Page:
We are likely to see an increase in defamation suits related to social media, but we are also going to see people become a lot more careful in what they say online once the exposure to defamation suits is more widely understood. That could undermine a lot of what people see as the value and purpose of social media, which would be an interesting turn of events.
ONTARIO NOT-FOR-PROFIT CORPORATIONS ACT: SOME SPECIAL ISSUES TO CONSIDER
By Victoria Prince
What follows is a summary of some of the key (or special) issues under the new Ontario Not-for-Profit Corporations Act (the New Act).
Currently, not-for-profits incorporated in Ontario are governed by the Corporations Act (Ontario) (the Current Act). The Ontario government has passed legislation to replace the Current Act. The Not-for-Profit Corporations Act, 2010, has not yet been proclaimed in force; that is anticipated to occur by the end of 2012. In the meantime, organizations governed by the Current Act are well served to review their letters patent, by-laws, policies and procedures to determine how best to transition to the New Act.
Rather than include a detailed discussion of the New Act, this article focuses on a few points of interest.
B. Some Special Issues
Public Benefit Corporations
The New Act includes the concept of public benefit corporations (or PBC.) Charities are PBCs as are other entities that receive $10,000 or more a year from the government or persons who are not members, directors, officers or employees. The assets of a PBC must be distributed on liquidation to another PBC. There are also implications for the type of financial review required. Note also that no more than one-third of the directors of a PBC may be employees.
Under the New Act, if a corporation puts an audit committee in place, the majority of the committee members cannot be officers or employees. The definition of "officers" includes the chair of the board, the vice-chair, the president, vice-president, secretary, assistant secretary, treasurer, assistant treasurer and general manager. Thus, if some or all of those people are on the audit committee, the committee must be sufficiently large to include other members who are not officers or employees.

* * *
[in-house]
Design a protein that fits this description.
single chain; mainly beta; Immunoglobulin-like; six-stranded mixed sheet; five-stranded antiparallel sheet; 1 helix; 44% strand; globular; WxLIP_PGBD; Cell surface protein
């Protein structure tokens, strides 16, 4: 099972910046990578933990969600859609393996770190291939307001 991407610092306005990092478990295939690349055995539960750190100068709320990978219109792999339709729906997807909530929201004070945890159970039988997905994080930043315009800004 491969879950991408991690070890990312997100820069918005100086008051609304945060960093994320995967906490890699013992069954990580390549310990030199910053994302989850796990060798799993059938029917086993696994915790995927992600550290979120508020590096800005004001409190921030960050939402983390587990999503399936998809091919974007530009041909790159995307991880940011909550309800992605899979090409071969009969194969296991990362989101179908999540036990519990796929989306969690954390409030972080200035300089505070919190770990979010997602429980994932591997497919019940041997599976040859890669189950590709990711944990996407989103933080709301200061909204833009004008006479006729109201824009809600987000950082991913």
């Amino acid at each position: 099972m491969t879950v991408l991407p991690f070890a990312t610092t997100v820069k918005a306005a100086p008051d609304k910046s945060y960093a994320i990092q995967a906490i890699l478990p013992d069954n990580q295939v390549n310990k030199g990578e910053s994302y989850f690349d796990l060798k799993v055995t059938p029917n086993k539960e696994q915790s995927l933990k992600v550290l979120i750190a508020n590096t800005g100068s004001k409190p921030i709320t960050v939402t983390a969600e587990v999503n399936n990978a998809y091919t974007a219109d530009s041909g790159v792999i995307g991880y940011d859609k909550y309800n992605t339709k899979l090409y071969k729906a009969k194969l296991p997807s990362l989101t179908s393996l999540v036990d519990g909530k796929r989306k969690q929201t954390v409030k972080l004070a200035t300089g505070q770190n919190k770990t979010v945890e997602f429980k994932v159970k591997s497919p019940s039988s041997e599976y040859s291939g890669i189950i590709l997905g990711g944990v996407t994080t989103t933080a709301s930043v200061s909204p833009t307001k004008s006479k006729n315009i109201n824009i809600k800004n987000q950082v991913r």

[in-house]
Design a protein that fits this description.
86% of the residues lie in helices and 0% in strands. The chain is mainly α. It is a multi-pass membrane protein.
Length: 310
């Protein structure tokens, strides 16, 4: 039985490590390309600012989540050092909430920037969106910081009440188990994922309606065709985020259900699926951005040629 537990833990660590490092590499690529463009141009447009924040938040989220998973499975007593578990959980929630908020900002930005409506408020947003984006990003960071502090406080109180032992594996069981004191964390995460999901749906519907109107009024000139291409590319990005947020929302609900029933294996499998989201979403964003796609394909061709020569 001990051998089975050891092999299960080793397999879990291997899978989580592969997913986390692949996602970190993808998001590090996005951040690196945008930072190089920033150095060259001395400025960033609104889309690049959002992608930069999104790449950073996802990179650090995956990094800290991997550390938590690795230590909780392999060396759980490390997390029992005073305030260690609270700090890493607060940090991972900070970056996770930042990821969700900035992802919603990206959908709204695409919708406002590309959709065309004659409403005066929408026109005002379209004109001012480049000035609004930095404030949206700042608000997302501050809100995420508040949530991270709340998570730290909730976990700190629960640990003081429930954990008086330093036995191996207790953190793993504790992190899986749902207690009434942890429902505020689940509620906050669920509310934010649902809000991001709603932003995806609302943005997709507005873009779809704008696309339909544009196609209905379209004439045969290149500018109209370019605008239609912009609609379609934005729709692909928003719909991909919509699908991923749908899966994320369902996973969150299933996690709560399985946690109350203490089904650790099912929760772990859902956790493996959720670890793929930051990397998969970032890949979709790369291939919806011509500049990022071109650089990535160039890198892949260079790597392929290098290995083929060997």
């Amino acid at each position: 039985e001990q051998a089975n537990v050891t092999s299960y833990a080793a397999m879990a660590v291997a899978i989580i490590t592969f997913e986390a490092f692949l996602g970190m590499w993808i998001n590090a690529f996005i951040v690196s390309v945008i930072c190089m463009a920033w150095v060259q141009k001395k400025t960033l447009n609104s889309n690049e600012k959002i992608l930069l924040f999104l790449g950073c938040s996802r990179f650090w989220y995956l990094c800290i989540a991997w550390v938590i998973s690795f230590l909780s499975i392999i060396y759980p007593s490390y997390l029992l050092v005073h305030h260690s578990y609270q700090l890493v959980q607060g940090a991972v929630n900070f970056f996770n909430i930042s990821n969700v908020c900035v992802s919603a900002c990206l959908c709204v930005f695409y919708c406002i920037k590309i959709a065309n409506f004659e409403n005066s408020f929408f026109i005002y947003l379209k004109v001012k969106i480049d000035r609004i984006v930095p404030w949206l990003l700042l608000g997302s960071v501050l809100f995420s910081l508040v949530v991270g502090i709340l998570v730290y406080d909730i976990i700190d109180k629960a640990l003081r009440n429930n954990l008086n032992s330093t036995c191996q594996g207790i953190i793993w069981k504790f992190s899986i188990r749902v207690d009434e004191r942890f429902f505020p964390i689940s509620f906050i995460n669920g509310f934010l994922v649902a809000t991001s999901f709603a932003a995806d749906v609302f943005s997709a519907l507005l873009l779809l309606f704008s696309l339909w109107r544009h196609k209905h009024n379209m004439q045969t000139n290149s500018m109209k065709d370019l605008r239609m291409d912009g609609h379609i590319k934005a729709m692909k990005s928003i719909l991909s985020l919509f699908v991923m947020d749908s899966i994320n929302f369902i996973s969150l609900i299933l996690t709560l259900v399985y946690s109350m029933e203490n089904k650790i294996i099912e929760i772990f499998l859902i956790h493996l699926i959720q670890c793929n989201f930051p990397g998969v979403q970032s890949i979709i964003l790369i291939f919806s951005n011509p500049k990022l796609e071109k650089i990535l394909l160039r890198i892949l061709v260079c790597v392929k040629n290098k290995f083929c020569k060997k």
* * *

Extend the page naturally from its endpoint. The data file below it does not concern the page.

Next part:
Information in the Articles
Currently, most NFPs have little (if anything) in their letters patent around membership rights. Under the New Act, the articles (which will replace letters patent), must create the classes of membership and must state the voting rights (otherwise all classes vote). The by-laws will set out the details regarding membership, such as the conditions for membership, the manner of transferring or withdrawing.)
The New Act provides for a number of members' rights, including:
- the right to requisition meetings
- the right to nominate directors
- the right to vote by proxy
- the right to access records and membership lists
- the right to submit proposals to meetings
There are details around each of these rights – such as timing, percentage of members required to activate the right, and the like. There also are rights to dissent and force an appraisal under the New Act.
The New Act includes rights to vote even for non-voting members in certain circumstances. For example, there is a right to vote on the sale, lease or exchange of all or substantially all of the property of the corporation. In that case, the members of a class are entitled to vote separately as a class if they are affected differently from other classes. Similarly, a vote on dissolution requires a vote of each class whether or not the members are otherwise entitled to vote. There are also rights to vote on amalgamation and on continuance to another jurisdiction in certain circumstances. As well, amendments to the articles that impact on certain members' rights also require a vote by members even if the members are otherwise non-voting.
The Current Act provides for quorum for a directors' meeting of a minimum of two-fifths. The New Act sets a minimum of a majority of a fixed number of directors or the minimum number of a floating board. (So, if there were a fixed board of 10, a majority would be six. If there was a floating board of three to 10, the minimum quorum would be three.)
Directors are responsible for the management of the corporation and have the duty to:
- act honestly and in good faith with a view to the best interests of the corporation
- exercise the care, diligence and skill of a reasonably prudent person
- disclose any conflict of interest